First case of new variant

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David Manning

OMICRON, the newest variant of the Coronavirus (Covid-19), has been detected in the country, according to National Pandemic Response Controller David Manning.
He told The National last night that the carrier was a man who travelled from South Africa last month through London and Hong Kong.
“A male traveller who departed South Africa in December, and transited through London and Hong Kong, had initially tested negative and was not displaying any symptoms when he arrived in Papua New Guinea,” he said.
“(But) a subsequent test returned as positive and the man then went into quarantine.”
Manning said the arrival of the Omicron variant in PNG had been expected and should not give any increased cause for concern as long as people took precautions and observed public health safety measures.
“The Government has been preparing for the arrival of the Omicron variant, just as we had been for the Delta variant in the middle of last year,” he said.
“Now, we are working to reduce the rate of its spread.”
Manning said given the period of the man’s travel, it was unclear when and where he contracted the Omicron strain.
“Taking into consideration that the Omicron incubation period can be as little as three days, it is likely that the man acquired the Covid-19 after he departed South Africa,” he said. “Contact tracing has been undertaken and no further close contact infections have been identified.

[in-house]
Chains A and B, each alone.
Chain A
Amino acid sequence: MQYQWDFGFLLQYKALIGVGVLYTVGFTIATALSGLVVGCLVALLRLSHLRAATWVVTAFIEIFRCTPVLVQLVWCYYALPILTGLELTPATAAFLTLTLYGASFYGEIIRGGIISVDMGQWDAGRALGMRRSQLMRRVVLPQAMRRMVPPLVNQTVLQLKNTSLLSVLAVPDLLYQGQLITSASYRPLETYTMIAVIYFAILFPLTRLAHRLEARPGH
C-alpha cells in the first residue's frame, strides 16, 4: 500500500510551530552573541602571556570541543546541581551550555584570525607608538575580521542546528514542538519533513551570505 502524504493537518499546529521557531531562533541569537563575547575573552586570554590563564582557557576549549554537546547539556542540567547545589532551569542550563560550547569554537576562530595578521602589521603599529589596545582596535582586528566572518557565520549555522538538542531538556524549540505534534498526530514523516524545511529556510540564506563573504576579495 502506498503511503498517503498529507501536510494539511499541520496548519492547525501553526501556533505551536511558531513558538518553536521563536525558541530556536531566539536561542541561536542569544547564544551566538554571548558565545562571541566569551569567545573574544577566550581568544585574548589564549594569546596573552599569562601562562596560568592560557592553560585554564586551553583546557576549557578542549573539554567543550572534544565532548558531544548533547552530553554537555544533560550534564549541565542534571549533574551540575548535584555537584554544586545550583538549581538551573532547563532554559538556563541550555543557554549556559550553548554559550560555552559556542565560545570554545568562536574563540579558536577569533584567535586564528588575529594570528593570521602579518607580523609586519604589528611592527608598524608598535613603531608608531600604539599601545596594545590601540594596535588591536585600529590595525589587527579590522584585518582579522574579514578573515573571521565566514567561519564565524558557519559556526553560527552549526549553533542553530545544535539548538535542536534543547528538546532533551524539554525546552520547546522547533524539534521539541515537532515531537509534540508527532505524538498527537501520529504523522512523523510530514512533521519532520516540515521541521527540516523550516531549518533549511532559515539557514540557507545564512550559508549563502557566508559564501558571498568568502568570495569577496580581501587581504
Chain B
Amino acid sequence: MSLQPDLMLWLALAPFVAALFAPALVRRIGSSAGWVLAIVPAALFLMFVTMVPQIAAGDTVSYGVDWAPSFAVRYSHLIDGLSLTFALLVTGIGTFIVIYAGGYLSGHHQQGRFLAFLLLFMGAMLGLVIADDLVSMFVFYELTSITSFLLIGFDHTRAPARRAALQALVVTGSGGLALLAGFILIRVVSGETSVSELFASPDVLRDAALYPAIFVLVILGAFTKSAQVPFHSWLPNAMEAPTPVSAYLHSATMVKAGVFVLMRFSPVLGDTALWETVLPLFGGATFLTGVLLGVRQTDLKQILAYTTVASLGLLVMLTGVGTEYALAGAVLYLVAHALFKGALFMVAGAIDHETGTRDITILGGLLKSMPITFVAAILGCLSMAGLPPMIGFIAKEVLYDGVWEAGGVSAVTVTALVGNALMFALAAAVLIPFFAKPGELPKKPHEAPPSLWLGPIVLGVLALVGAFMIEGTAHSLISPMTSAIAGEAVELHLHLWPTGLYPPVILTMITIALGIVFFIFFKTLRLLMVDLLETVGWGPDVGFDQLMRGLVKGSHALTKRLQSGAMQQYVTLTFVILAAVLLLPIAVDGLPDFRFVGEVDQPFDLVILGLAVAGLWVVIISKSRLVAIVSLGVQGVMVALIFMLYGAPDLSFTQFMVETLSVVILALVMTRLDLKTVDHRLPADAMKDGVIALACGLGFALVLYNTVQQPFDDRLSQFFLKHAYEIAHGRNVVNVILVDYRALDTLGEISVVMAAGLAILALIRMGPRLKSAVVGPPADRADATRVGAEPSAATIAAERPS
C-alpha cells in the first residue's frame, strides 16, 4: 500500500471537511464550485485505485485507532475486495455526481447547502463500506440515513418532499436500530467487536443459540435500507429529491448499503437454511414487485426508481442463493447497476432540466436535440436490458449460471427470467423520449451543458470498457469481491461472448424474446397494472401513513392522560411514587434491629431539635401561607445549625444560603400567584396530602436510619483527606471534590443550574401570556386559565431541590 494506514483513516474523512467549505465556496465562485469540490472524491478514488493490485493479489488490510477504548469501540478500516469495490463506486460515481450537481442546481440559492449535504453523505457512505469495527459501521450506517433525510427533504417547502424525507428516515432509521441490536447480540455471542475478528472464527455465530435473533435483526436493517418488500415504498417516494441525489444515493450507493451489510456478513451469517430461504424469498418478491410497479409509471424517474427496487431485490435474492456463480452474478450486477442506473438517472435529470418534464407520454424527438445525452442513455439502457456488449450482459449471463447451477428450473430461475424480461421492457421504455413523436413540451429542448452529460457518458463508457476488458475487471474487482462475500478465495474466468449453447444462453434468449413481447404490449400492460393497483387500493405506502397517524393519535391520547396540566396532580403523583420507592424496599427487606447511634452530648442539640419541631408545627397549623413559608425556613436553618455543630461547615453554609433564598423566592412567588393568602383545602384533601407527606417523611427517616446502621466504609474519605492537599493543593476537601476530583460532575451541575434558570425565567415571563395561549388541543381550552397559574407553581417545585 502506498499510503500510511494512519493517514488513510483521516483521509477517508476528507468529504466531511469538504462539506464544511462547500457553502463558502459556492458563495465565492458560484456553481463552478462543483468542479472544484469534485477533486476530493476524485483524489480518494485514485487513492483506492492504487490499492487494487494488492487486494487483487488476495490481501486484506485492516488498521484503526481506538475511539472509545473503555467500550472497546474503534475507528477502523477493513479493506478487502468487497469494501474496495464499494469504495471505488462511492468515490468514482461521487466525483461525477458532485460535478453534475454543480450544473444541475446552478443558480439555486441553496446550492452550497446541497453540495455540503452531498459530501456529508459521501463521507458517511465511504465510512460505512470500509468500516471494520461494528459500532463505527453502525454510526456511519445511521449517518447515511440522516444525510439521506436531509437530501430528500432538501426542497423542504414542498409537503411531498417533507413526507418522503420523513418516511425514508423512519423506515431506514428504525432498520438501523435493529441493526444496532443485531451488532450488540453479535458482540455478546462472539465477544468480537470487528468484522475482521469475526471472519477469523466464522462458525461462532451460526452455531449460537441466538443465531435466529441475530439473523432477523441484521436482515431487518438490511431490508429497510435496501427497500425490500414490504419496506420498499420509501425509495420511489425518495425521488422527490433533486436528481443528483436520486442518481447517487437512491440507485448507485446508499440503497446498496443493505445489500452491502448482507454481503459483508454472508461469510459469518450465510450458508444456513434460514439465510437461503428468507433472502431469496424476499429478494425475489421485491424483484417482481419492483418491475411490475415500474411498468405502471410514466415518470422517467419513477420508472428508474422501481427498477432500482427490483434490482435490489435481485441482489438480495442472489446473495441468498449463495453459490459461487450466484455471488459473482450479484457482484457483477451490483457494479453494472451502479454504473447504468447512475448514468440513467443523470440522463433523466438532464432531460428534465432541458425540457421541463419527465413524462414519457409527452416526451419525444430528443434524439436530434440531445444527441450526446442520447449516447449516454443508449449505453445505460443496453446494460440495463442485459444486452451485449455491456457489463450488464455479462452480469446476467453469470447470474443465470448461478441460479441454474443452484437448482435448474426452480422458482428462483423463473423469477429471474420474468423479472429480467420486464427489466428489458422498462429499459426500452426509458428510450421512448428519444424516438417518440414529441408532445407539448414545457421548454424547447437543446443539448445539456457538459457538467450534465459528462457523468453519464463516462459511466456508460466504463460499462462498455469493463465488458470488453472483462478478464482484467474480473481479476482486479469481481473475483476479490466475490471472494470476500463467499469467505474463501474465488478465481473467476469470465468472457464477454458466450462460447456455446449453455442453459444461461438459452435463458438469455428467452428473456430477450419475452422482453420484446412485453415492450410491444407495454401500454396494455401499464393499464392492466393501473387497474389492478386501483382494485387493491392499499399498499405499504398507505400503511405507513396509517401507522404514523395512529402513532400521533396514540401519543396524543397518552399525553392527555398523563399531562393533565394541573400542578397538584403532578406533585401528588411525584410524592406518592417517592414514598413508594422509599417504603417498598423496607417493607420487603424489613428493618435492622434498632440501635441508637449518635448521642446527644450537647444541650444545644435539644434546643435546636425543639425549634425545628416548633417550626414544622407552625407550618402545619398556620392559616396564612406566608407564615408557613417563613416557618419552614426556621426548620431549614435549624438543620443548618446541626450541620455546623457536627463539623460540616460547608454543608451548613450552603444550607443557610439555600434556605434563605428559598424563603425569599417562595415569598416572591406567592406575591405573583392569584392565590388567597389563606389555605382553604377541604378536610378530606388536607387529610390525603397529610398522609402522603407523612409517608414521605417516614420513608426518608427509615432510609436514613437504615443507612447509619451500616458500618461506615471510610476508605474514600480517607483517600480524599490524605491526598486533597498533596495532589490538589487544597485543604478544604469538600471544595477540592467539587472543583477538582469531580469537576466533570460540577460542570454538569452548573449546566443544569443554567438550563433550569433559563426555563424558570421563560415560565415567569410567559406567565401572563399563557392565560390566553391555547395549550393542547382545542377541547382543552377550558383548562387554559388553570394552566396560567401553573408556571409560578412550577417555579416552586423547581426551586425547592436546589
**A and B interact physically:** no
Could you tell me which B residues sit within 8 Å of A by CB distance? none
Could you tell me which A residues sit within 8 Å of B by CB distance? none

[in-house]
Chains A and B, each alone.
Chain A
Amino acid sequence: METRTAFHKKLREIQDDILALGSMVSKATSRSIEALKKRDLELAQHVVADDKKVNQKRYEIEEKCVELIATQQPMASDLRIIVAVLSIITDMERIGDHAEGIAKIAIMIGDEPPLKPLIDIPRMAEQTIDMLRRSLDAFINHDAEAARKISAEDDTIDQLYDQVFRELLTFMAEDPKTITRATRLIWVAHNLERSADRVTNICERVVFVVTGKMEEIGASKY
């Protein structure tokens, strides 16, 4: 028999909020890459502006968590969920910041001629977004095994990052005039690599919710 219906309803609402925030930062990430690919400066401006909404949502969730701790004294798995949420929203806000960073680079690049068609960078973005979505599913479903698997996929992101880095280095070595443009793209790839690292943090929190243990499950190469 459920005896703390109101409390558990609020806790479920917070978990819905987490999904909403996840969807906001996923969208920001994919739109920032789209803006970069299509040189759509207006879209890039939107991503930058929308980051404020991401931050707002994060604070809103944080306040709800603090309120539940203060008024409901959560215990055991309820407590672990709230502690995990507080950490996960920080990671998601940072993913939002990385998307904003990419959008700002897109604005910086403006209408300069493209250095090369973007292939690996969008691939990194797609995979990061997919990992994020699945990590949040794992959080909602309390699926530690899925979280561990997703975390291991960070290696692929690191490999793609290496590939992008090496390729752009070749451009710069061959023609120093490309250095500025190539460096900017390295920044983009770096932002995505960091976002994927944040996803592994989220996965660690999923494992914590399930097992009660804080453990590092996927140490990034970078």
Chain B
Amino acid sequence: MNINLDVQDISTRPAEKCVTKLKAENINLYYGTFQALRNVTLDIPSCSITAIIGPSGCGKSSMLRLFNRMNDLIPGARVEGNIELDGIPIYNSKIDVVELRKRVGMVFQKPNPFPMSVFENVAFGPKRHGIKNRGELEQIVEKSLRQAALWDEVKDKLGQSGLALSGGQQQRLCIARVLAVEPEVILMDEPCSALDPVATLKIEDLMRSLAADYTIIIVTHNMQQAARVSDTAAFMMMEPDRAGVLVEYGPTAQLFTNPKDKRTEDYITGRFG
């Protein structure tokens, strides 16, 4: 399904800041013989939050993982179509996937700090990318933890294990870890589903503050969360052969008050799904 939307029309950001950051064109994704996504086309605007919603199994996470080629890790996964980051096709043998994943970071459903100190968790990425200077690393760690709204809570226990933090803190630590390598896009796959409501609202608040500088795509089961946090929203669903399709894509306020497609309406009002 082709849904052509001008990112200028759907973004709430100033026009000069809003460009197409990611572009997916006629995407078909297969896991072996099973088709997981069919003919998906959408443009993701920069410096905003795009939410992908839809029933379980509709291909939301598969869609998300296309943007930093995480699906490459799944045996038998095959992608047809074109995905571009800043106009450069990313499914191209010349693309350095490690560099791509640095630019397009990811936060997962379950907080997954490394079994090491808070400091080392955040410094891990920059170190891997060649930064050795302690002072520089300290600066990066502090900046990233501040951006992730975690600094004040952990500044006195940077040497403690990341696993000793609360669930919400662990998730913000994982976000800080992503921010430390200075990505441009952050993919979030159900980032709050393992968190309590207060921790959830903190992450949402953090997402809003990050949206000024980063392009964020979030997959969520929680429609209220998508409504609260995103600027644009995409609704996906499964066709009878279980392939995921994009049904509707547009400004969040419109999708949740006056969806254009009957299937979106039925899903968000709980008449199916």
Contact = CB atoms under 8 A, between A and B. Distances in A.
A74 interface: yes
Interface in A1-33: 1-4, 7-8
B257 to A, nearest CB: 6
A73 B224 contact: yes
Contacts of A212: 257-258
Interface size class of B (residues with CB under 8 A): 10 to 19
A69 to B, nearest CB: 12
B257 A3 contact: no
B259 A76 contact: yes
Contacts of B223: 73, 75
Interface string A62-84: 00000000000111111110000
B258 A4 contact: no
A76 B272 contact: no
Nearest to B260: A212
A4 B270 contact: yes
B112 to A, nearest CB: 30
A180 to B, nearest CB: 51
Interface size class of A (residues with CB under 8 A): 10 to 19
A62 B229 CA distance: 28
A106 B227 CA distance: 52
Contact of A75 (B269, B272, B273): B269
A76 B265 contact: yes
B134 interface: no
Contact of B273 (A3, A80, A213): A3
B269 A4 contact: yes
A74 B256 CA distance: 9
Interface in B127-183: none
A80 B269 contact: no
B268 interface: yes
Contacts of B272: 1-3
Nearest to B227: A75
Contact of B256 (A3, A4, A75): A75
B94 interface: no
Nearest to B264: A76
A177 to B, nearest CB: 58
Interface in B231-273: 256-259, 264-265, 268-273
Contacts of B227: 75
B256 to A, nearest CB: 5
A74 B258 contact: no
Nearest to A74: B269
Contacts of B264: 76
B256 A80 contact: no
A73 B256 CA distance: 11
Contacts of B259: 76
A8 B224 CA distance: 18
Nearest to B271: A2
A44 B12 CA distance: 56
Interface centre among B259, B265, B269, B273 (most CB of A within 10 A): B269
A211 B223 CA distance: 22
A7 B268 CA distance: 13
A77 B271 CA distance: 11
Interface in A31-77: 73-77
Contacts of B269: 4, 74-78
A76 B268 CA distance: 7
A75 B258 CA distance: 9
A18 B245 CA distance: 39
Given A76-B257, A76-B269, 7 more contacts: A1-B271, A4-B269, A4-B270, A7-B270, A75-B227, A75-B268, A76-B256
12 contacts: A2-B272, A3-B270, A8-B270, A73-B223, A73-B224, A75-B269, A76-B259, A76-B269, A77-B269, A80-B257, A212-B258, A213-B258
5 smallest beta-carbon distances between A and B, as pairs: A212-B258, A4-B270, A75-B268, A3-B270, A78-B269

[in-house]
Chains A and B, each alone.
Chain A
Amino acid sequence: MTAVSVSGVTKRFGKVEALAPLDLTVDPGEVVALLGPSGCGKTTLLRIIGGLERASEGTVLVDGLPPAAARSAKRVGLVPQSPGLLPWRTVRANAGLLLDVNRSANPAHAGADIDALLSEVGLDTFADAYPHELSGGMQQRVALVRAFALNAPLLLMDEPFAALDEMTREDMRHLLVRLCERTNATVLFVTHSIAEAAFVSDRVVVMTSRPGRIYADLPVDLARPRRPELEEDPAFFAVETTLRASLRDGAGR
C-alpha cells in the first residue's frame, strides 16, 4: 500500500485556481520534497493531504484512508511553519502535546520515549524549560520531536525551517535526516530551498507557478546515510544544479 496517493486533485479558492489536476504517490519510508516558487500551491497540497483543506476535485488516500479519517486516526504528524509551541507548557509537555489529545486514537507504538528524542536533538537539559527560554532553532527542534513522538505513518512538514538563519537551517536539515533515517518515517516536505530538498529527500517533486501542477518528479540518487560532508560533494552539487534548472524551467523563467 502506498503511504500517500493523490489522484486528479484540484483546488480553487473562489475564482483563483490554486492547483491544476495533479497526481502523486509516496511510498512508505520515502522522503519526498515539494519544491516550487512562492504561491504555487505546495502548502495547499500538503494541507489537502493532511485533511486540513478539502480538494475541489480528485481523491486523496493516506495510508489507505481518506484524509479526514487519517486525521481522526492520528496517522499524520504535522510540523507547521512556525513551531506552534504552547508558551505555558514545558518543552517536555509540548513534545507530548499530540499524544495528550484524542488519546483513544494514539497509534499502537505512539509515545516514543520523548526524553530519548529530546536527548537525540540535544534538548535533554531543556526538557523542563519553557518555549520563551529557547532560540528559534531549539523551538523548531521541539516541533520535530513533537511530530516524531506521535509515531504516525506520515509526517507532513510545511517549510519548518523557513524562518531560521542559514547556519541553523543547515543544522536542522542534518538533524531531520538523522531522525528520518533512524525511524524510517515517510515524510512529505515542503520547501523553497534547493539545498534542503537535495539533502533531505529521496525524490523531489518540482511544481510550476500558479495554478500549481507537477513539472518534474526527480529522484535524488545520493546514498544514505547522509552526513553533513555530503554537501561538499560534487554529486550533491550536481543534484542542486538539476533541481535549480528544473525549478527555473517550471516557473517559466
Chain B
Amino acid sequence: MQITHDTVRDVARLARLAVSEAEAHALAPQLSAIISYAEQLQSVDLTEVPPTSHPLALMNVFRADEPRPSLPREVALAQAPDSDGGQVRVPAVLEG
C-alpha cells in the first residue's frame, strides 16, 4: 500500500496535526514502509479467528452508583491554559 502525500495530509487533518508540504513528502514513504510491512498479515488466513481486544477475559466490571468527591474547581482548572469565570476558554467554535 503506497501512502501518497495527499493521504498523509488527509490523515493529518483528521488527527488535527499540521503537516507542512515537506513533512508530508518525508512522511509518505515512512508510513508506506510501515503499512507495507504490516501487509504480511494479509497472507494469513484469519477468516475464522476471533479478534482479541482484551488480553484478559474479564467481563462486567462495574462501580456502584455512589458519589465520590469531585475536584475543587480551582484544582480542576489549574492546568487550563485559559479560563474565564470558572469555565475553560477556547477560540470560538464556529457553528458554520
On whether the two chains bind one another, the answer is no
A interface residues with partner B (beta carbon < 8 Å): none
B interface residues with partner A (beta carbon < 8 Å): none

“But considering the timeline surrounding the man’s movements, the Government is working on the assumption that the Omicron variant is now active in Papua New Guinea.
“The Omicron variant has already swept around the world and has become the dominant strain of Covid-19, but the news is not all bad and this is not a time for panic.
“While it has been found that the Omicron variant spreads quicker than other strains, it has also been found to be less virulent, meaning that people are not getting as sick from Omicron as they were from Delta.”
He said for unvaccinated people, “their risk of serious illness or death from this variant remains very high”.
Manning said those vaccinated could still get the Covid-19 “but are very unlikely to get seriously ill and will likely just have mild symptoms like a cold”.
“The key message for our people is to not panic, but to do the right thing and reduce the speed of the spread,” he said.
“Ultimately, everyone is likely to get the Covid-19 at some point in time.
“What we can do is to get vaccinated, practise social distancing and isolate as soon as we show symptoms.